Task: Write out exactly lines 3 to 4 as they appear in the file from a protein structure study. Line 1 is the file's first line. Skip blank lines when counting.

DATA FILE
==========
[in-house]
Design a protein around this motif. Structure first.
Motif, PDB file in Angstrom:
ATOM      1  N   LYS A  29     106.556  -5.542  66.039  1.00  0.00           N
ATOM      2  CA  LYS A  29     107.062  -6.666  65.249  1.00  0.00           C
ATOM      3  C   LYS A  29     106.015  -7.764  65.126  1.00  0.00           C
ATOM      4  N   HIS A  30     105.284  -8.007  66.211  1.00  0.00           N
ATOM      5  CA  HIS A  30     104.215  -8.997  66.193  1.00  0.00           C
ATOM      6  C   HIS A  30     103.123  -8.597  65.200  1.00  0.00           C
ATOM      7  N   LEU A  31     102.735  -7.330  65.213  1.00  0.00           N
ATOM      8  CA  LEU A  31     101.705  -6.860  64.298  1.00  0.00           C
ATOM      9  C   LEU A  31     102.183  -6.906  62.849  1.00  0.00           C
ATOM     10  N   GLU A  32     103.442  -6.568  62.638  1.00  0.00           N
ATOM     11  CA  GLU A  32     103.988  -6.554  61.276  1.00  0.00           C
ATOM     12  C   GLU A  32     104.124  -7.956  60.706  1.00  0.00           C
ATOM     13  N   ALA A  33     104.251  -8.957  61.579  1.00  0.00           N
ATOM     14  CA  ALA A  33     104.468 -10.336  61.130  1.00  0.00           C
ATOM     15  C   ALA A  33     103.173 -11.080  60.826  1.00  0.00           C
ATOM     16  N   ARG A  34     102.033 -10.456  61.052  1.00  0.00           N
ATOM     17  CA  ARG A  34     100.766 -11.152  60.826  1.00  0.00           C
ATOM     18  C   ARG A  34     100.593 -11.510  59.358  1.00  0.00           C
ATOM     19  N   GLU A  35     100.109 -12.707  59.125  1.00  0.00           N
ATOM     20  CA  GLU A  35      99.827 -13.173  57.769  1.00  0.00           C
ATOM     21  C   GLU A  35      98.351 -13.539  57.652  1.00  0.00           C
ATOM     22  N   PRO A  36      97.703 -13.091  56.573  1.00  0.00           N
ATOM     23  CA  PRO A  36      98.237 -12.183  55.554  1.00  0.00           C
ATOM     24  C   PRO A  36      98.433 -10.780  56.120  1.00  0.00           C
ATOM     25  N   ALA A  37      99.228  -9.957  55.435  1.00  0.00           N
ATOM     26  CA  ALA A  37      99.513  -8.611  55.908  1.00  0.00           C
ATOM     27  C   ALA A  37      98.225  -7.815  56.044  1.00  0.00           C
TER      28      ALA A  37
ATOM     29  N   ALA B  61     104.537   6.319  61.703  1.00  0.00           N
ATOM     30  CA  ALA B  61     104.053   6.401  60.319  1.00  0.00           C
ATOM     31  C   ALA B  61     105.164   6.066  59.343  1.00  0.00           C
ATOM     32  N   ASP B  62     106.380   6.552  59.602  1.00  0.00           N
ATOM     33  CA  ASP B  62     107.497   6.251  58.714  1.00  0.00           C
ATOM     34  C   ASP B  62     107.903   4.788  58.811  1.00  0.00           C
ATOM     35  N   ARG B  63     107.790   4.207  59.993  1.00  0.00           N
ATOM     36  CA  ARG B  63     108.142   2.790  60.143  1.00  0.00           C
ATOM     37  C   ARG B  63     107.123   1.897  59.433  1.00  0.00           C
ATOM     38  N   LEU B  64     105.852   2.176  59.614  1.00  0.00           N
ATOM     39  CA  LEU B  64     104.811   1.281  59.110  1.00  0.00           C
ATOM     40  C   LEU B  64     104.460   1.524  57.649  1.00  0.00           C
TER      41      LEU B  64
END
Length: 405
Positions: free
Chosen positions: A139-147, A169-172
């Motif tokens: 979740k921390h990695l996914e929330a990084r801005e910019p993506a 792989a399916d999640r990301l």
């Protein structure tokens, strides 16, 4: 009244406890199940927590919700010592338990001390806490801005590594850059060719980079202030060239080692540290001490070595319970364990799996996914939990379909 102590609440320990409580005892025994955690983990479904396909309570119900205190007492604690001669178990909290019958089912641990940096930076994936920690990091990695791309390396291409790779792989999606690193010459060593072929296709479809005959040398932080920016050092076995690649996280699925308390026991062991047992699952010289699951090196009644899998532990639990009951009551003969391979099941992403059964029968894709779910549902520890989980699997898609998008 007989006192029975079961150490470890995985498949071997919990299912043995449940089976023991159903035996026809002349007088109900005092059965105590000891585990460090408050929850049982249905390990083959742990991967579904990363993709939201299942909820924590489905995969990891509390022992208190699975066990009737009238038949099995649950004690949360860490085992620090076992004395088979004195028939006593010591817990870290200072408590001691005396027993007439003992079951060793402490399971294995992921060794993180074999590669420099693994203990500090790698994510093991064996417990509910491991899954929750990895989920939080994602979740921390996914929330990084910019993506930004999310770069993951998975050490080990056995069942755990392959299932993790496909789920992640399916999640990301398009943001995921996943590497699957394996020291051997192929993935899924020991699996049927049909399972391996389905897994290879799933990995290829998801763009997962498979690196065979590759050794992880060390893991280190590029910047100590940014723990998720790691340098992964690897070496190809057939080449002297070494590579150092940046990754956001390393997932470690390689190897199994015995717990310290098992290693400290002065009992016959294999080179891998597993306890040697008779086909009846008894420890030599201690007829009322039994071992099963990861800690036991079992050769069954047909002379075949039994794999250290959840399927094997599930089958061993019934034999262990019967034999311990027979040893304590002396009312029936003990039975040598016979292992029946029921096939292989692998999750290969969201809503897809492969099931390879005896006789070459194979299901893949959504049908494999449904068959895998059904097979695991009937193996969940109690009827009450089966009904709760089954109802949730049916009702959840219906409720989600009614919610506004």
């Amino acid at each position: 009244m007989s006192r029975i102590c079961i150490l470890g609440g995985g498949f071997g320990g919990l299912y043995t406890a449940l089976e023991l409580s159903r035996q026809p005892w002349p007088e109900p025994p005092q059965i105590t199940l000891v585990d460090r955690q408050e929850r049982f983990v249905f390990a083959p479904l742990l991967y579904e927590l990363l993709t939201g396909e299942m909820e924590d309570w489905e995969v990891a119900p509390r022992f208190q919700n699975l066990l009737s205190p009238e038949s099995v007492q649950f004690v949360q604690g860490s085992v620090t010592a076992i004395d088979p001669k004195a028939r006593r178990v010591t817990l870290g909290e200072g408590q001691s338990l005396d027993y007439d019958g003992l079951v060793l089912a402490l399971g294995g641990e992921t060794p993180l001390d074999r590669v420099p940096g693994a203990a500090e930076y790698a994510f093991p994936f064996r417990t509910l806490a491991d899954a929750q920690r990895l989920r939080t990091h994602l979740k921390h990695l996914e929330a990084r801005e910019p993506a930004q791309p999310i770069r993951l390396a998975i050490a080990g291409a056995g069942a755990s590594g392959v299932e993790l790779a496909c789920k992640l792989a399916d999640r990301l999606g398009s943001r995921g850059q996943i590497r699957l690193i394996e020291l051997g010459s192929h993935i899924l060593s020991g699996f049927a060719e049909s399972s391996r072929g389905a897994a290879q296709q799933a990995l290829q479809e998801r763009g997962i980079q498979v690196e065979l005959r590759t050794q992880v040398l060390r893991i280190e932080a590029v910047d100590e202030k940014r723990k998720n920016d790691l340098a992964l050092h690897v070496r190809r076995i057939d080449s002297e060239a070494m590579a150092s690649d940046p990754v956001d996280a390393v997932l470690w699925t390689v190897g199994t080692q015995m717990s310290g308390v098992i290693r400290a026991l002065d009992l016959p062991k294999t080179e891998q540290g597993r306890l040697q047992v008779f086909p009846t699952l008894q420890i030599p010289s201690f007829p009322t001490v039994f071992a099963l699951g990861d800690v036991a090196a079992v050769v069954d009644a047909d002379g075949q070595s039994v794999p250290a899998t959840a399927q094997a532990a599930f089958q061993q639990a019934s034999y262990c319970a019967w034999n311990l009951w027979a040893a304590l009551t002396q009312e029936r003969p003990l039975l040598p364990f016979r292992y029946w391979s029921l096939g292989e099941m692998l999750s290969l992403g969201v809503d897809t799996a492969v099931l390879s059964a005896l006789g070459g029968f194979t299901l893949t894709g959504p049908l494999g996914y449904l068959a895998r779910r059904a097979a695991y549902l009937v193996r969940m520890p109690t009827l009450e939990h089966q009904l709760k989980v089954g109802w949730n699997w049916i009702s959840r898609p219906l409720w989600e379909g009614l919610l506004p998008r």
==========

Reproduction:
Motif, PDB file in Angstrom:
ATOM      1  N   LYS A  29     106.556  -5.542  66.039  1.00  0.00           N